The flight over to Burundi was incredible. Leaving the Athi Plains behind, we crossed the Masai Mara and out over a huge peninsula that teased out over southern Lake Victoria. Dotted with smaller islands, boats ploughing back and forth, this huge blue splodge on the plateau between the west and east Ridge Valleys stretched off into the haze. Then we climbed into the hills of the north western edge of Tanzania, and over the border into Burundi. Even though it was still only 8 in the morning, the clouds were blooming over the highlands, giving us some unwelcome turbulence and obscuring the views for much of the time. The tantalising glimpses through the gaps in the clouds showed a verdant rugged landscape, packed with fields and crops.
Then all of a sudden the land fell away from us, and the clouds cleared. The wide Rift Valley spread below us, and the huge wall of the Congolese side was directly in front of us. The rift is too deep to be able to turn jets to the left in one go and land in Bujumbura….or else it was unsafe for us to fly over certain zones, so we circled steeply over the Ruzizi River, round once, round twice, lowering all the time, and finally turn south for our final approach. I grasped glimpses of the Lake, my first sight of the lake I had been working on for two years, the city and the airport.
The first thing I saw as we landed were a series of large guns at the edge of the runway trained on our aircraft as we braked hard. It was what I expected, this was still very close to a war zone. We also passed what I presume was Air Burundi’s only jet…it was in a semi-collapsed state, rusting to glory and with paint peeling off it, just to the right of the terminal building.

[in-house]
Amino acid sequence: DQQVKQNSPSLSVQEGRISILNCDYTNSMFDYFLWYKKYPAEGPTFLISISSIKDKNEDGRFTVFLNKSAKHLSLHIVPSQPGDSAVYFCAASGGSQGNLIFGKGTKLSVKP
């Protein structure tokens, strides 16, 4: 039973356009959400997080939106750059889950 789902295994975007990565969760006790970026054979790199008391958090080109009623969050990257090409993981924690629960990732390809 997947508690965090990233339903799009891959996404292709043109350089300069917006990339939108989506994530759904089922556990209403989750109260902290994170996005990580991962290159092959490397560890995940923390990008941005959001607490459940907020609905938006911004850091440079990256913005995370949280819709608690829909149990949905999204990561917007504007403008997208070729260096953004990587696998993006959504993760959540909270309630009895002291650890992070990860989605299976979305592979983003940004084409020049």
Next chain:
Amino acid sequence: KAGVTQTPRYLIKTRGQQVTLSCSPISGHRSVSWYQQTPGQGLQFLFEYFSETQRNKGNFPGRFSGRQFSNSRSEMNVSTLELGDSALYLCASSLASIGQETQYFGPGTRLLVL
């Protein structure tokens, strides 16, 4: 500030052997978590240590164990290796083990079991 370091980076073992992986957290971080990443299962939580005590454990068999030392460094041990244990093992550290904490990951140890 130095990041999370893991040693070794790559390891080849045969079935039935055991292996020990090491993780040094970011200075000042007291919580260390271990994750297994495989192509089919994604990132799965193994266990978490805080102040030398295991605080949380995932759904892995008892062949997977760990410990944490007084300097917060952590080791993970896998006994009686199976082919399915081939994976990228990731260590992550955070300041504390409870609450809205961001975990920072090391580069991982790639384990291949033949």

At this point, my preconceptions of Burundi evaporated. There were only about forty of us on the flight, you could see why Kenya Airways did not want more than two flights a week – it was nothing to do with security; there just wasn’t the trade. We walked from the plane to a clump of large eggshells that formed a rather airy terminal building. I had the proper visa for Burundi with its five shiny US Dollar stamps across the top, and was whisked through immigration and customs with unusual efficiency. I was supposed to meet Mamert, the Administrative fix-it man for the project in Burundi. No-one came smiling towards me. I sat on my suitcase and waited. Although about third through the customs table, all the other passengers passed by me, picked up by relatives, hiring taxis or setting off walking out of the airport. Still I sat there, occasionally getting up and looking back through the customs area to see whether I had missed Mamert. This being the only jet plane through the airport that day, most of the officials started packing up and making their way home (now about 9:30 in the morning). No-one seemed bothered that I was stranded there. I began to believe I might be thrown out onto the streets. With little French and no clue as to where the project office was, I was now getting quite disturbed that my first day in Bujumbura might be an unpleasant one.